They’ve done all this without their star small forward, Danny Granger.
Granger continues to rehab a knee injury that has caused him to miss the entire first half of the season. Granger has led the Pacers in scoring every year since the 2007-08 season, including a career high 25.8 points per game in the 2008-09 season.
Without Granger, the Pacers struggled mightily at the beginning of the 2012-13 season, posting a 10-11 record through their first 21 games. It was evident that they missed the 18.2 ppg that Granger brought to the table last season.
The team struggled to find an identity over that stretch.
How would the Pacers keep up in a offense-based league without their best scorer?
The answer was simple: defense.
The Pacers lead the NBA in scoring defense at 89.1 ppg, a full point ahead of the next best team and 5.3 ppg better than their average last season.
Not only do opponents not score, they don’t shoot the ball well. The Pacers also lead the NBA in opponent field goal percentage at 41.3 percent.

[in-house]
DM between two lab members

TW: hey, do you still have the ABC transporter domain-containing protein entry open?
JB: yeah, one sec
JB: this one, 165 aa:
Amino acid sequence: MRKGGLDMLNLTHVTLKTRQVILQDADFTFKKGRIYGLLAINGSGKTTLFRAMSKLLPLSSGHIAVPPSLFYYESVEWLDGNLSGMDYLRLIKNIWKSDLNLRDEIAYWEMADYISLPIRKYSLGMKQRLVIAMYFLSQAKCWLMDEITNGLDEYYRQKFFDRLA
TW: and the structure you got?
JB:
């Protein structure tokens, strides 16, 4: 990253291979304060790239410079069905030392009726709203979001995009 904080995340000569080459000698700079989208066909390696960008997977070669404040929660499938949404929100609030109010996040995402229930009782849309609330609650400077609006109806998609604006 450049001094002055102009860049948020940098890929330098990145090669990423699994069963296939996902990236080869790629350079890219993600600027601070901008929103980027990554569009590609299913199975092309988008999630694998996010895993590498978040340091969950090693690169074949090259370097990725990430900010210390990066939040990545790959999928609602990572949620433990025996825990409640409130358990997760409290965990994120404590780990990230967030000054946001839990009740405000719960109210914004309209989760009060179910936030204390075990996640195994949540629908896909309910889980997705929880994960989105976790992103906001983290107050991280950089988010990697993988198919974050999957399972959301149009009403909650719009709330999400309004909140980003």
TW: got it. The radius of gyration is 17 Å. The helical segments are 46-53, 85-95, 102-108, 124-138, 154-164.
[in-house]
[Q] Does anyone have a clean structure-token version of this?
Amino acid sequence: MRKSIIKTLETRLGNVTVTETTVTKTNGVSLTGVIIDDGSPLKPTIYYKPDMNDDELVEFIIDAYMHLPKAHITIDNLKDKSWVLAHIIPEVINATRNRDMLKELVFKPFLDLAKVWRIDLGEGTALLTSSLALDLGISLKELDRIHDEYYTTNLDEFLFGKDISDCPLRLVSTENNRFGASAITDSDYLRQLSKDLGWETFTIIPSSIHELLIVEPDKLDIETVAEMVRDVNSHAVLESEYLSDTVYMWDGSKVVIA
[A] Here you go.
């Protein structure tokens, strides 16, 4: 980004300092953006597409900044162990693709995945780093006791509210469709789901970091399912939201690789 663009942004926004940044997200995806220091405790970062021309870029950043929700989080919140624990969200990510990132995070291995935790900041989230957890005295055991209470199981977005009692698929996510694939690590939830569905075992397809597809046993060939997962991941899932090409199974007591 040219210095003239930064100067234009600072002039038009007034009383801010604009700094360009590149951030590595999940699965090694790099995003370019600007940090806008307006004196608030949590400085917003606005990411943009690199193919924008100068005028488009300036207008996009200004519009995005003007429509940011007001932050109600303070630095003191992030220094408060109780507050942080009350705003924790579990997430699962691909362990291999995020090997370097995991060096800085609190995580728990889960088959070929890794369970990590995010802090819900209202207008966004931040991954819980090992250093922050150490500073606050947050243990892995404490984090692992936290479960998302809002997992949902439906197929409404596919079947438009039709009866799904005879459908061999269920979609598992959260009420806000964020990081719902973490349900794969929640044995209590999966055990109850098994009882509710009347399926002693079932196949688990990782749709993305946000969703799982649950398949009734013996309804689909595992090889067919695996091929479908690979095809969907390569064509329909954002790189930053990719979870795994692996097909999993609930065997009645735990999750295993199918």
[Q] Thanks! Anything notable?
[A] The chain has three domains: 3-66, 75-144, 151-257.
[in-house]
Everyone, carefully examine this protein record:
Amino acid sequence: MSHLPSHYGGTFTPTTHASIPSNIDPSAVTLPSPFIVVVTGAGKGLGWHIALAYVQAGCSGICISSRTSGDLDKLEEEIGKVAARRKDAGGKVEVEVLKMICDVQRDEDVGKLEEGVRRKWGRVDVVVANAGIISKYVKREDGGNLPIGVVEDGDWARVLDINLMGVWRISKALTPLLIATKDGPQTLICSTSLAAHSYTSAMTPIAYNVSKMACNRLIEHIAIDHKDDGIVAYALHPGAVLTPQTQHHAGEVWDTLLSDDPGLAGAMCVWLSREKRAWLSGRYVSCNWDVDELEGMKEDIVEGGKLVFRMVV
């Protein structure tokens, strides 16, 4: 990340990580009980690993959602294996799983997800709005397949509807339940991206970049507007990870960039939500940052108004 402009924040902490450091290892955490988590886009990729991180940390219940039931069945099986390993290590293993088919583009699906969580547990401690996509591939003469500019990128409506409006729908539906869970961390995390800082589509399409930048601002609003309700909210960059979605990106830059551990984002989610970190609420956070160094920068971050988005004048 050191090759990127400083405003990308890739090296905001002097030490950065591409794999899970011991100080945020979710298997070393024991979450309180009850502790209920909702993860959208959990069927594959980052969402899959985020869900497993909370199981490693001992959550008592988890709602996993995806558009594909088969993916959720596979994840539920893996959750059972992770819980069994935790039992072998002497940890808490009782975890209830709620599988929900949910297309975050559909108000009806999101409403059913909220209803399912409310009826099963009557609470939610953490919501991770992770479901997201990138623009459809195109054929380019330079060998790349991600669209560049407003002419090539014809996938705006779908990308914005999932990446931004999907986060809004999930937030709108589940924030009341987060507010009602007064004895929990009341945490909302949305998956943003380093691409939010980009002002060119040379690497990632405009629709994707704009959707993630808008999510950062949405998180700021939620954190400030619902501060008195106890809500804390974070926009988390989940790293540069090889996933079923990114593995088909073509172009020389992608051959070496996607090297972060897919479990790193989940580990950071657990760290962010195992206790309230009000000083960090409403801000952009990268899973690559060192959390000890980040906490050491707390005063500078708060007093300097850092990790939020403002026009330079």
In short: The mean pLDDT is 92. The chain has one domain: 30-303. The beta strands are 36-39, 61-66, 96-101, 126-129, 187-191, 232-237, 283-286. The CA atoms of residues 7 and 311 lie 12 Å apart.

The lock-down defense can be accredited to a new team emphasis.
Defense first, scoring second.
In years past, the Pacers have put more of an emphasis on scoring, averaging more than 100 ppg in four of the last five seasons.
But in his first full season (82 games) as Pacers head coach, Frank Vogel has challenged his team to play tough, relentless defense, and it has worked. They have held teams under 90 points 20 times this season and held them under 80 points an astonishing eight times.
The Pacers have used the strong defensive performances to turn their season around, winning 14 of their last 19 games to move within three games of first place Miami in the East.
Offensively, the Pacers have used a balanced attack to counteract the loss of Granger. Three Pacers average more than 14 ppg with Paul George leading the team with 16.9 ppg.
This is where the Granger injury is really going to help the Pacers in the long run. The Pacers won’t have to rely on Granger to average 20+ points a night because of the reliability of George, David West and George Hill. If one player is having an off night, a teammate is going to be right there to pick up the slack. The drop-off in scoring won’t be as dramatic as it has been in previous seasons.